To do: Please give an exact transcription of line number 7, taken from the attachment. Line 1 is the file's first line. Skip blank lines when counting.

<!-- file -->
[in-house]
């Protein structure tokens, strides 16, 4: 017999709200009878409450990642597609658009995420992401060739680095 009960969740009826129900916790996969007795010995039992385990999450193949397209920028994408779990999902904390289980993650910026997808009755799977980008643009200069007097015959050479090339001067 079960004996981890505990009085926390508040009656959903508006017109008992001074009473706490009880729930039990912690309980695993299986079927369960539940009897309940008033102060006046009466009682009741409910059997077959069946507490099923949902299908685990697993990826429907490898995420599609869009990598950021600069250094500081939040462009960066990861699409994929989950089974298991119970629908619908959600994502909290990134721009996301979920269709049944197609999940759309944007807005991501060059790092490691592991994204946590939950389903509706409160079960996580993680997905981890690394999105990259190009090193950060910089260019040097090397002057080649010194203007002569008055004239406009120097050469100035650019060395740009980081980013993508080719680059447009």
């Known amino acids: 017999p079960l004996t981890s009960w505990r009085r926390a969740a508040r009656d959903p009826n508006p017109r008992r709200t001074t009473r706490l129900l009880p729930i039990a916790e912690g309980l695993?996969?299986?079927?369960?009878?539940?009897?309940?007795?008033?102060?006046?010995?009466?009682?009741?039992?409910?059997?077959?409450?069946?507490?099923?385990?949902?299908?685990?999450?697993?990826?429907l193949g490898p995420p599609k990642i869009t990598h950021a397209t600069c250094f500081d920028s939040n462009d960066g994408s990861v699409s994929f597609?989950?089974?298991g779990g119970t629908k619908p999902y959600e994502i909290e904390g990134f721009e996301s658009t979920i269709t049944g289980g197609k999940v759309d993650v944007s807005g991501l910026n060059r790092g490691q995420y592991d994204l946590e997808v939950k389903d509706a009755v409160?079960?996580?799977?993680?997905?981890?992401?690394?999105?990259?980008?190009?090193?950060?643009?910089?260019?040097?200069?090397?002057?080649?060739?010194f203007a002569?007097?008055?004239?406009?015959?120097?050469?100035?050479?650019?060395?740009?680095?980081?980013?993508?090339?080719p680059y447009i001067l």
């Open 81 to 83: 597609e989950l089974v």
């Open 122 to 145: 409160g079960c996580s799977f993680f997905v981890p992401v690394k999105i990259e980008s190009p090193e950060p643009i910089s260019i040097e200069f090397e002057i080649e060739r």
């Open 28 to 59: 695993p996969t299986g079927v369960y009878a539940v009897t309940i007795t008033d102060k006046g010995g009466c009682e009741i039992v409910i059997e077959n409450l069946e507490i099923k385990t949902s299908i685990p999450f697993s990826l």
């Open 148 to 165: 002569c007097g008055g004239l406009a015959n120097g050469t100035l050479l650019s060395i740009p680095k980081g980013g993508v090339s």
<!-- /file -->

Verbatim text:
């Open 148 to 165: 002569c007097g008055g004239l406009a015959n120097g050469t100035l050479l650019s060395i740009p680095k980081g980013g993508v090339s």